Abu Hamed points to other factors behind the change. “There’s no doubt that funding and attention paid by Israeli institutions were major factors. Once, if you had no money you couldn’t do it. Now any child, even if he or she are poor, can get in as long as their grades are good. But some things are connected to the Palestinian Authority and the economic situation. People realize they need good employment.
“Thousands of students who graduated from Palestinian universities are warning on Facebook not to make the mistake they made, saying they have no work. The social media must be heeded in this matter. People are busy with their daily lives, seeing that the peace process is stuck and that what one needs to do in order to settle down is to study and advance. Daily life is stronger than slogans.”
Palestinians in Jerusalem admit that in recent years, social taboos have weakened with regard to forging ties with Israeli society. Just as the taboo against filing for Israeli citizenship has weakened, so has the criticism against someone who chooses to study at an Israeli institution.
Rula Abu-Ziad from Beit Hanina began her studies at the Hebrew University in 2010. “I didn’t want to go to the West Bank even though all my girlfriends went there. I didn’t want to go abroad either. Many people told me I’d be wasting my time and money and that I’d fail,” she says. The beginning was indeed very difficult. “In the first term, the lecturer asked me to come see him during office hours. He told me he didn’t think I could pass the course and that I shouldn’t waste my father’s money. He suggested I try another option. I was 17 and a half and came out of the room crying.
“I sat in the forum, crying and unable to get up. After a week I went back to him and told him I’d decided to continue and that this was my right. In the end I received a grade of 91 in his course, higher than the class average. In those years I cried every time I studied for an exam.”
There were other difficulties, such as an armed student sitting next to her, telling the teacher why Palestinians must leave this land. “I felt foreign and alienated and that I had no place there. For the first two years I didn’t dare participate in class,” Abu-Ziad says.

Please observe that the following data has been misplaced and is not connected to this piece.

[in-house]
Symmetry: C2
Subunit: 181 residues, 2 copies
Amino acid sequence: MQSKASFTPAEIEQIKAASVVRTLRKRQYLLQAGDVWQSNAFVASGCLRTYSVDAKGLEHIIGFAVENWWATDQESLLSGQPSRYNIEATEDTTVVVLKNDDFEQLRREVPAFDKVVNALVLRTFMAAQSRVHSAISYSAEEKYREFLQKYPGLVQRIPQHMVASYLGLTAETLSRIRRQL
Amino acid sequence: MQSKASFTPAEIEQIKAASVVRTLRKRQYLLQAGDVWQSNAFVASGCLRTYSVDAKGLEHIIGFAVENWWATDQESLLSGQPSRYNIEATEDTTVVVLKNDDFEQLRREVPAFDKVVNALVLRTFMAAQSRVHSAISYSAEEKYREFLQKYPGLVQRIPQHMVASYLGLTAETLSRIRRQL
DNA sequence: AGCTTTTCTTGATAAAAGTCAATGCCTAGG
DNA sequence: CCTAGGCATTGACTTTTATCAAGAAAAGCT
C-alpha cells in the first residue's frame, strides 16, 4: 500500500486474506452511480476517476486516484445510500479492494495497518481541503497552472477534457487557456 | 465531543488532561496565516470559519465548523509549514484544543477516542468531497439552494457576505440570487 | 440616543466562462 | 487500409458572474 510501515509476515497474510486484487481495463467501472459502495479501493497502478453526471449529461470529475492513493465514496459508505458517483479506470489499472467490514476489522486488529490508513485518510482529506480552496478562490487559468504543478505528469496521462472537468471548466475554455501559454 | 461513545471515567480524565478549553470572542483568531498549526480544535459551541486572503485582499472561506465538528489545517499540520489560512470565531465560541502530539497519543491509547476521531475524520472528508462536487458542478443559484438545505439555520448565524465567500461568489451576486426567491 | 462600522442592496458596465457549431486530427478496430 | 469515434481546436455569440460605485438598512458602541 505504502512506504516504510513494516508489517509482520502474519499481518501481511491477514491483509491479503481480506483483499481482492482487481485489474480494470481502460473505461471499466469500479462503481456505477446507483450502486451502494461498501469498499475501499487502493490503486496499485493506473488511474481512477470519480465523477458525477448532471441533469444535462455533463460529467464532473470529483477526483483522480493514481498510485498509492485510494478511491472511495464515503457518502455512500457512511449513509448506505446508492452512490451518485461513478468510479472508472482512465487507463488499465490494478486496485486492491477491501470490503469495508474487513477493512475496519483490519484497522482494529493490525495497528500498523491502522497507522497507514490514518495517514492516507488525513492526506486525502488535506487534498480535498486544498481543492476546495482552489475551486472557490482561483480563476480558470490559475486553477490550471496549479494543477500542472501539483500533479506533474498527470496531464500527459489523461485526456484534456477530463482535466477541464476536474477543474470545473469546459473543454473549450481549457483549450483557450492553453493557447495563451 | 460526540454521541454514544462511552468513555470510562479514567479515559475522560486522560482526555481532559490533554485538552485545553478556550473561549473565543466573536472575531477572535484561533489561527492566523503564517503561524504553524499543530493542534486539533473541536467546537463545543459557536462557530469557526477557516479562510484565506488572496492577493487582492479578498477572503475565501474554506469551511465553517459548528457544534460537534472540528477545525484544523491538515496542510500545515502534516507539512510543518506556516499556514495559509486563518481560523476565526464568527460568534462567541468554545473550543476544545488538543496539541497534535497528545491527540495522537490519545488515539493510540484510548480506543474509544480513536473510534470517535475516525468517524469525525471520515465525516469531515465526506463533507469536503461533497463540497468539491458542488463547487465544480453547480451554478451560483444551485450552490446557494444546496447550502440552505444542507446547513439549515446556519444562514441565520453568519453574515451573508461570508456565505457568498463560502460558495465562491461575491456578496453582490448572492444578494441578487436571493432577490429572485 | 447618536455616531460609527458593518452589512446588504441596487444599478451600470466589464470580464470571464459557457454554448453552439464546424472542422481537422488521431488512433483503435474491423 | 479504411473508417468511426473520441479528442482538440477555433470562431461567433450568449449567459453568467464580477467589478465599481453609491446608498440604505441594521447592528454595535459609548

The first obstacle noted by everyone is language. The level of Hebrew studies in most East Jerusalem high schools is very low, and students coming to an Israeli university face great hardships in that respect. The university’s rector Prof. Barak Medina sees a lack of familiarity with Israeli society among Palestinian students. He maintains that “they don’t know what a Haredi is, what left and right means, something you assume students usually know.” Medina said the school of education held a special summer course for Palestinian students to familiarize them more with Israeli culture.
Barak said the university organizes activities to help Palestinian students integrate on campus. “Naturally, students remain in their bubble, tending to cluster with people like themselves. This applies to religious and secular students as well. We try to foster interactions,” he said. “Last year we had two days of Palestinian culture, so that they could see themselves as part of this space.”
The truly important question is what the significance of this change is for Palestinians in Jerusalem and their ties with Israeli society. In a few years there will be a new Palestinian elite group in Jerusalem, the first since 1967, whose members will speak Hebrew and have a more intimate knowledge of Israeli society. There could be far-reaching implications such as the realistic possibility of attaining a peace agreement that could include having East Jerusalem administered by the Palestinian Authority.
Not all the Palestinian students see it that way.
“We all gain, but in the end Palestine and the peace process lose out,” says Abu Hamed. “Every day that passes makes a classical diplomatic solution more unlikely. It’s an Israelification process that we willingly adopt, but when you consider people and their problems, you realize that this won’t make the problem of East Jerusalem go away. Perhaps in the next stage people will grow closer to Israelis and these graduates will want to go live in Jewish neighborhoods such as Armon Hanatziv and French Hill. This will change Jerusalem,” he says.
The graduates may also change the fabric of Jerusalem’s society. The city’s Arab elite has consisted mainly of Israeli Arabs who have moved there and played key roles in connecting Palestinian society to the Israeli authorities. Thus, for example, most of the city’s lawyers, accountants, and school principals are Israeli Arabs.
“With all due respect to ourselves, it’s time for Jerusalemites to take the places we now occupy,” says Mona Khoury, an adviser to the university’s president on making higher education accessible to Arab society. “In law, accounting, social work, they should be the leaders, as in their entire health and education systems. In two years, there will be nine new graduating social workers from East Jerusalem. This has never happened before.”